"As a team, if you want to go far and be successful and win a championship, I think you have to face adversity at some point. Some teams never do, but I think that if you want it all, facing adversity and overcoming it is almost necessary. When we lost our first playoff game against Olympiacos on Lynn Greer's buzzer-beater at home, that was adversity. We had to go to Athens and win what we knew would be a really tough game. And when they came out strong in that second game, we just told each other that we needed to stay together for 30 more minutes. We knew that those two games would be like the two in the Final Four for us, and that by winning them we would be ready for the Final Four. If we won both, we knew we'd have a great chance to win it all. No game in the Final Four was going to be more difficult than that second game in Athens, so winning it meant a lot for our confidence."
After halftime of the last two playoff games and both in the Final Four, CSKA outscored opponents 180-138, which is an average of 10 points per second half. What happens at halftime with this team?
"I think, looking back, that a lot of times in first halves of games, we were kind of lackadaisical. We didn't come out playing our best basketball. Then we looked at each other at halftime knowing we had to pick it up. And that's what we did. We knew it was not our best basketball in the first half and we had to play as hard as we could after. When we did it, in the third quarter, we were like two different teams. I think it surprised our opponents at times because they were expecting us to be the same team they had seen in the first half."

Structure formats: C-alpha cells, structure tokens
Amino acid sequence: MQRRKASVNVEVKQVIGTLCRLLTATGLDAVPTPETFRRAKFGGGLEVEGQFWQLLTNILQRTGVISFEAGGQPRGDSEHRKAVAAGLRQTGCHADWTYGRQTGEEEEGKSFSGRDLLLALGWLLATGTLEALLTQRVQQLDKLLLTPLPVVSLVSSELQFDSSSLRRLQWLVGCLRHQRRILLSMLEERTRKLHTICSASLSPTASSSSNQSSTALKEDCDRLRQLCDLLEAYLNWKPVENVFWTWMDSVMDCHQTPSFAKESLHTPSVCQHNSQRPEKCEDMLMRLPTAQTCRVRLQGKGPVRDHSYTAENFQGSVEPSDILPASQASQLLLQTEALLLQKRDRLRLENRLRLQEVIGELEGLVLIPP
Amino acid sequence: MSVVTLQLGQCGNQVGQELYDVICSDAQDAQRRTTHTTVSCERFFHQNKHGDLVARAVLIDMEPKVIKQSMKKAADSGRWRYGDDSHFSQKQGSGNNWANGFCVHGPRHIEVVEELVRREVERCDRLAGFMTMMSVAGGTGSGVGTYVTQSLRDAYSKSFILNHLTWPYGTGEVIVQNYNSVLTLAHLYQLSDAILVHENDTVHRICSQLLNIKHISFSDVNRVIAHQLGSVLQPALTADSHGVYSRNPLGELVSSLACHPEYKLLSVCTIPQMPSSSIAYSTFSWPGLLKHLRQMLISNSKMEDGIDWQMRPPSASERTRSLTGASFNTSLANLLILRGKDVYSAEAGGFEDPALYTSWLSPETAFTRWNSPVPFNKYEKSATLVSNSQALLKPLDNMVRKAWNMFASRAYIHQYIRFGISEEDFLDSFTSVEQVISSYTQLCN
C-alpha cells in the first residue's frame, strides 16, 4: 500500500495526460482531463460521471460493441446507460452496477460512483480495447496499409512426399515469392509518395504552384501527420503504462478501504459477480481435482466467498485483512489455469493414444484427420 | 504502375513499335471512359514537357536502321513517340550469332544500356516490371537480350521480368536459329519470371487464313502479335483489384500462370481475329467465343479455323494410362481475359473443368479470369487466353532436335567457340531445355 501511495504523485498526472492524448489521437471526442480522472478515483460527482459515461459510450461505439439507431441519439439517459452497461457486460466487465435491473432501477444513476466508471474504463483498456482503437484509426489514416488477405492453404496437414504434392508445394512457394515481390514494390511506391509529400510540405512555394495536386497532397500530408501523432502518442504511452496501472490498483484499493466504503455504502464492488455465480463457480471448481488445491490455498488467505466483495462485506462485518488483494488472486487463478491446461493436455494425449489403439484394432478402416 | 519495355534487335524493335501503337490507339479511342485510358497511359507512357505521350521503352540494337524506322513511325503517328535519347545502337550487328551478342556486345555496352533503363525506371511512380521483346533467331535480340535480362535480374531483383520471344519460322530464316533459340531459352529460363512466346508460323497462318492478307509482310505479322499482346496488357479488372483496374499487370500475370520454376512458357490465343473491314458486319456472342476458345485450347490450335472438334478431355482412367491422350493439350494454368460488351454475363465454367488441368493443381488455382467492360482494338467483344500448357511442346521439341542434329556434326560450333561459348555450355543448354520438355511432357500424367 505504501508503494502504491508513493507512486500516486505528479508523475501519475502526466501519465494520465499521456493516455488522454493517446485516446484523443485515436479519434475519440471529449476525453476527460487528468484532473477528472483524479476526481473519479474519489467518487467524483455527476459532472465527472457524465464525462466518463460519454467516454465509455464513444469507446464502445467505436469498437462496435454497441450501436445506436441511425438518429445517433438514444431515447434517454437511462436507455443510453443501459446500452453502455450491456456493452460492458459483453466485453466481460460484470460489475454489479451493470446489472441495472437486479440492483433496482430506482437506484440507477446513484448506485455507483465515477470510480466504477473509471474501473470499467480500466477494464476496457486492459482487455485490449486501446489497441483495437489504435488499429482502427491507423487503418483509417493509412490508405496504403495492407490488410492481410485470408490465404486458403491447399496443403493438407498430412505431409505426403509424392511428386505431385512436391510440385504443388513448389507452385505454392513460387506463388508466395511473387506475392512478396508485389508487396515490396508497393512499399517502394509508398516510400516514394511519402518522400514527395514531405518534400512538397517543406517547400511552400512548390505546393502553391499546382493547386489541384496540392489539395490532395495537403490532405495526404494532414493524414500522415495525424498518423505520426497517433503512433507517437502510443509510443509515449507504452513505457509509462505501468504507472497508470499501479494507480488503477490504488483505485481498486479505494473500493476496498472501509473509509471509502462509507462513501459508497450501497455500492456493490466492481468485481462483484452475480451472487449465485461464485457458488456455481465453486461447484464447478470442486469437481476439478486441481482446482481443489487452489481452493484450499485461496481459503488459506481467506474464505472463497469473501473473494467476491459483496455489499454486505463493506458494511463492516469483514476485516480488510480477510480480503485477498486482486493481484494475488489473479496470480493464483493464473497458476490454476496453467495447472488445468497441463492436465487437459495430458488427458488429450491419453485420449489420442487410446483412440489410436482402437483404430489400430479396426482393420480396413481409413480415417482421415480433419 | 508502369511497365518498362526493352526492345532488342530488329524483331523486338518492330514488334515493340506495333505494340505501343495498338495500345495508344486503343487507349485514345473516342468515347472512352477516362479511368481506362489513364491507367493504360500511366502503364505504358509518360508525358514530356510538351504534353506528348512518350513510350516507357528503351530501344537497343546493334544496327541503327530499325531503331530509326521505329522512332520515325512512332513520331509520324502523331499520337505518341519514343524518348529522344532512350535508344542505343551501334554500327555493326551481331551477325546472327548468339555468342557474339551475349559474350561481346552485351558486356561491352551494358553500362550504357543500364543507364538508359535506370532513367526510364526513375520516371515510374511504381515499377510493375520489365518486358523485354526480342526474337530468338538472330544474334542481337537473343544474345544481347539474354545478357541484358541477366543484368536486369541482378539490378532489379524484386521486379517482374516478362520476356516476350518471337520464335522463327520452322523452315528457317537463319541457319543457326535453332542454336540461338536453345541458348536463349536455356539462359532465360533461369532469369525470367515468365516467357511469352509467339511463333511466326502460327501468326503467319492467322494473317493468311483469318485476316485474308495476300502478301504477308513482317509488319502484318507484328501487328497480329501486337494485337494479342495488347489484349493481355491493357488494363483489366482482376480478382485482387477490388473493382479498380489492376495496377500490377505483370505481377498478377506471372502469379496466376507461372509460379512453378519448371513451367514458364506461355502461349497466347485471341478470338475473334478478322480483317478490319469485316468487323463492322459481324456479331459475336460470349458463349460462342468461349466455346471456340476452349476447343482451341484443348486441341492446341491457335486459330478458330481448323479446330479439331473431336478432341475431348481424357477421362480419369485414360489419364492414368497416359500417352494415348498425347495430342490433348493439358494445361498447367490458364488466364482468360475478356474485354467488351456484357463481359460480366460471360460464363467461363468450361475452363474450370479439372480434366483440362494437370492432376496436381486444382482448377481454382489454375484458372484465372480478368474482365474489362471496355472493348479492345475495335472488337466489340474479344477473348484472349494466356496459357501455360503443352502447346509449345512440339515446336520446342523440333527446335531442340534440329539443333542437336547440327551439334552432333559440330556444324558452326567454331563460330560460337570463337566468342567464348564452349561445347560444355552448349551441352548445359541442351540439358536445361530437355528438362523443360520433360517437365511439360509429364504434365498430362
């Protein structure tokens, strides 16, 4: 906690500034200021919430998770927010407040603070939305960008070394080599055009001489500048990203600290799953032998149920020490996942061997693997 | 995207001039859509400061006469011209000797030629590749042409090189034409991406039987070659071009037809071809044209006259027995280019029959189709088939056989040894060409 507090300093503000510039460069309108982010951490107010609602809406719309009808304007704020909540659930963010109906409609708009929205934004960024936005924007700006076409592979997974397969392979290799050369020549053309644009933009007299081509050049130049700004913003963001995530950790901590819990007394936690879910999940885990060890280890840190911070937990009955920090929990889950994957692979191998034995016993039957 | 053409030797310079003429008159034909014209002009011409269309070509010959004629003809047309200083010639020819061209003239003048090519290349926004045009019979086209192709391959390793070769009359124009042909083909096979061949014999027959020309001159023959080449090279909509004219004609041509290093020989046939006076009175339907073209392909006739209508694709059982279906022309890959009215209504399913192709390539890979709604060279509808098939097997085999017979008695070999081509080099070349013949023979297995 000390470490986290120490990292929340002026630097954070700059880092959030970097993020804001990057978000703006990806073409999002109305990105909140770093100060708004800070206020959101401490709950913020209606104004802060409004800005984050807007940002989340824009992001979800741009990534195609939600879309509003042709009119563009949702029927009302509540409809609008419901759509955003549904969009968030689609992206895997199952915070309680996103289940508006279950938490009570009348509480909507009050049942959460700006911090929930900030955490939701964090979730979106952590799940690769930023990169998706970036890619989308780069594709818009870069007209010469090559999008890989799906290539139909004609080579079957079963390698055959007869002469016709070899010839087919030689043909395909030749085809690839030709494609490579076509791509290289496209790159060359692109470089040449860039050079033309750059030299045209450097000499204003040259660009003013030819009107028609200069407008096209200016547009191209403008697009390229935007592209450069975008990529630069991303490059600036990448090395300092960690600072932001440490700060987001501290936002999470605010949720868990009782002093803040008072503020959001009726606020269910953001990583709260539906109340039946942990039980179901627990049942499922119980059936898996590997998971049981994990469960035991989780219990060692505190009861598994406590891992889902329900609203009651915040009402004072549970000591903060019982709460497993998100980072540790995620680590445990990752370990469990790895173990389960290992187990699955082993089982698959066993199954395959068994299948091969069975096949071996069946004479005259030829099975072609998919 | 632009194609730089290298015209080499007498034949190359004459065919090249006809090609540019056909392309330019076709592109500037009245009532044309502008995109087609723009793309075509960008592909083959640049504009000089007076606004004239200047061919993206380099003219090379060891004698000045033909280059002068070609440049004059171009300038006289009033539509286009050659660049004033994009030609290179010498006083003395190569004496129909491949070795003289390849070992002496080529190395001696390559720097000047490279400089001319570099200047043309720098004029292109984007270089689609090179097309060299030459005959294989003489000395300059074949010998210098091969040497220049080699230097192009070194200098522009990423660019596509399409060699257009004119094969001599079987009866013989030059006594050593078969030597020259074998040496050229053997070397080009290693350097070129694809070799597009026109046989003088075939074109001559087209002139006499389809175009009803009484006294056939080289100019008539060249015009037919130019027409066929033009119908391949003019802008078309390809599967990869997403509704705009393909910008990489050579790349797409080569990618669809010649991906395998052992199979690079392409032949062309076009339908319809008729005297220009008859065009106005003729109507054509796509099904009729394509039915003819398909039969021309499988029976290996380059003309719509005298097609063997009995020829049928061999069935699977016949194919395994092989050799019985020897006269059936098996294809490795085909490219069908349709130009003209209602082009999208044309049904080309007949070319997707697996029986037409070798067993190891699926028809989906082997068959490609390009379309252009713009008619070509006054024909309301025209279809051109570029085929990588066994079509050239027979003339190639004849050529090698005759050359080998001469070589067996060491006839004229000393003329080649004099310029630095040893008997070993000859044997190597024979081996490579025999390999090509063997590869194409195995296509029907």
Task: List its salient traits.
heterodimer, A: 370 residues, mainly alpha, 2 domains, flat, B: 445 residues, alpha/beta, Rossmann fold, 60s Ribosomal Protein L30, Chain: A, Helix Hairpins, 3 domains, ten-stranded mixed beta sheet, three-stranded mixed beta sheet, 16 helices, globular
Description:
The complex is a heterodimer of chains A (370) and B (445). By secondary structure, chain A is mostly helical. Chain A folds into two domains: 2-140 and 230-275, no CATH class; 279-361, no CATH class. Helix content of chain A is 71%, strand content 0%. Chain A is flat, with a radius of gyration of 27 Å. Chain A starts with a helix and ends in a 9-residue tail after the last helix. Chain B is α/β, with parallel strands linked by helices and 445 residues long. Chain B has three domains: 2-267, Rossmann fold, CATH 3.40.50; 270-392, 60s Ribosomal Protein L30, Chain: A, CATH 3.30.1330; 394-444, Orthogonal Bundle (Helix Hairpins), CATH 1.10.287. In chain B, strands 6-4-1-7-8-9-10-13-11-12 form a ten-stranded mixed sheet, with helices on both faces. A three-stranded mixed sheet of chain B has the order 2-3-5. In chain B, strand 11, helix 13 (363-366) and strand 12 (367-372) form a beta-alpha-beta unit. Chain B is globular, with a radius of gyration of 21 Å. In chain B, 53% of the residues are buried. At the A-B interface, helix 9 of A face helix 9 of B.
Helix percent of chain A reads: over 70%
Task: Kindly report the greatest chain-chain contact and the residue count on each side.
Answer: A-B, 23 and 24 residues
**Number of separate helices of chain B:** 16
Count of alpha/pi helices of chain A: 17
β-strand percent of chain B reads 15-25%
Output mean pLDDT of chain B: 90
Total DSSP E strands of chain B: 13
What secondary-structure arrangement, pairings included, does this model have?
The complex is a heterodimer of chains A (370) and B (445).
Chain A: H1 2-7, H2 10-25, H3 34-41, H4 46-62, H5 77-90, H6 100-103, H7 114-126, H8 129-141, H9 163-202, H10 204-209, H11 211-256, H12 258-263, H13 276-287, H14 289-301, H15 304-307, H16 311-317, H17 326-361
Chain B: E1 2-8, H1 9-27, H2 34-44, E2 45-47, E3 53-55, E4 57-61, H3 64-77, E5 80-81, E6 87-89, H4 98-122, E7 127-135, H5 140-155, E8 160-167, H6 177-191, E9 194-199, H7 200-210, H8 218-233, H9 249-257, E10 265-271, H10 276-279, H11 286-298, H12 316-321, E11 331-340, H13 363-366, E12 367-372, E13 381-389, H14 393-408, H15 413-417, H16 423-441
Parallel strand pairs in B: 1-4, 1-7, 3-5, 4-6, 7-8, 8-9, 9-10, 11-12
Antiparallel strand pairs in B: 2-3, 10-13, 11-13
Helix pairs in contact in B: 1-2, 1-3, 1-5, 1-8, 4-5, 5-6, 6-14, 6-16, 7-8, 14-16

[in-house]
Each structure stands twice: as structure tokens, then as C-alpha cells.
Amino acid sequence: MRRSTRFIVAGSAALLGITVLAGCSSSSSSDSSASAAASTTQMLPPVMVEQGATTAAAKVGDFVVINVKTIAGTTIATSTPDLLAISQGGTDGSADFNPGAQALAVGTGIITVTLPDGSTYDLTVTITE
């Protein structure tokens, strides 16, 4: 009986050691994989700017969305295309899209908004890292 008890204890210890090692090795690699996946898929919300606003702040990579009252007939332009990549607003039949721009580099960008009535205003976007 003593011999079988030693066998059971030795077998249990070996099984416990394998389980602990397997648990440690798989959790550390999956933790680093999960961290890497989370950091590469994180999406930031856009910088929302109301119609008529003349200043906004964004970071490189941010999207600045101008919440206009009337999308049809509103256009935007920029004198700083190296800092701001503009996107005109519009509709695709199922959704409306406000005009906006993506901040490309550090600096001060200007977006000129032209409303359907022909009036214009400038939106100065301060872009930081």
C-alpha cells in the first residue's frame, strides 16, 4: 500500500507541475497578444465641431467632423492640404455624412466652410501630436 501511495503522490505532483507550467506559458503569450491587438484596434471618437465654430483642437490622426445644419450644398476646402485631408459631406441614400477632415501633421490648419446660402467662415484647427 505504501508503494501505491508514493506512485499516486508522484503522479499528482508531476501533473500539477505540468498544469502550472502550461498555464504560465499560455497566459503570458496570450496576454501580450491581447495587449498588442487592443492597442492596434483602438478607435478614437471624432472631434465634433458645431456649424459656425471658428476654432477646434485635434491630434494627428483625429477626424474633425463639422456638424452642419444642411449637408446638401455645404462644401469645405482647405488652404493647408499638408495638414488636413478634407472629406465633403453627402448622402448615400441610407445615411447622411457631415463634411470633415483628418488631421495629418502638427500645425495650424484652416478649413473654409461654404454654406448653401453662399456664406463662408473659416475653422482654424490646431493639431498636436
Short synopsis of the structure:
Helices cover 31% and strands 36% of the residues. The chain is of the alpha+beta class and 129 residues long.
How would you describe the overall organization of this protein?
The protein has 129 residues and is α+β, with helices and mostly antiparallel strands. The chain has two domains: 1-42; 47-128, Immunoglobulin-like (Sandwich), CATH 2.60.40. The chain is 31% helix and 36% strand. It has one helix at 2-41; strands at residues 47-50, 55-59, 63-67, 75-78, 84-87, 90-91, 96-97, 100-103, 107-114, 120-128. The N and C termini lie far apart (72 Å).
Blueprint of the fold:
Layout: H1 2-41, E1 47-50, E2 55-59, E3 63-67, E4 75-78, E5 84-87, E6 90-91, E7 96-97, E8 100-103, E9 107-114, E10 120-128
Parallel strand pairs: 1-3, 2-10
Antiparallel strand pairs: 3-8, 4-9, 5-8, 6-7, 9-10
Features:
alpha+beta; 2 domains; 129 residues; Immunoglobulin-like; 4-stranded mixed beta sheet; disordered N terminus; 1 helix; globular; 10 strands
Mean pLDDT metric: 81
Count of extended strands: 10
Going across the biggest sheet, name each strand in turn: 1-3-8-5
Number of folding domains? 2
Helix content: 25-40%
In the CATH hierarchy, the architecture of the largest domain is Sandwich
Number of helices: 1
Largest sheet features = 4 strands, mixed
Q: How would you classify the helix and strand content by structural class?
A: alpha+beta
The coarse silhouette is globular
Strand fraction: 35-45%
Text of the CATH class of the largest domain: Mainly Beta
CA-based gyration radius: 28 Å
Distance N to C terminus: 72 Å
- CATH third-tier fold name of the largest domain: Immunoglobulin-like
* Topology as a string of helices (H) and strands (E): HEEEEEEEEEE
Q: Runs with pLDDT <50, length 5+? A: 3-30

Of course, you were voted the Final Four MVP, too. Even though the Euroleague is true team basketball more than ever, is that individual award something you’ll be saving to tell your son, born earlier last month, when he gets older?
"Definitely, it will be a great thing looking back in 15 or 20 years to say that I was the MVP of the Euroleague Final Four. But for now, as I said after the final in Madrid, I still believe that it's mainly something that is given to one player on the winning team, and it happened to be me. The most important thing is that the team won and that's what I am most excited about. To play well and contribute to that team success is a great feeling for sure, and the individual accolade is nice, but it's not as important as the team winning. That's the best feeling in the world. If I had to choose between playing the same game I did and we lost or scoring five points and the team winning, I'd take the team win, of course. But it's nice to put the two things together as happened in Madrid, too."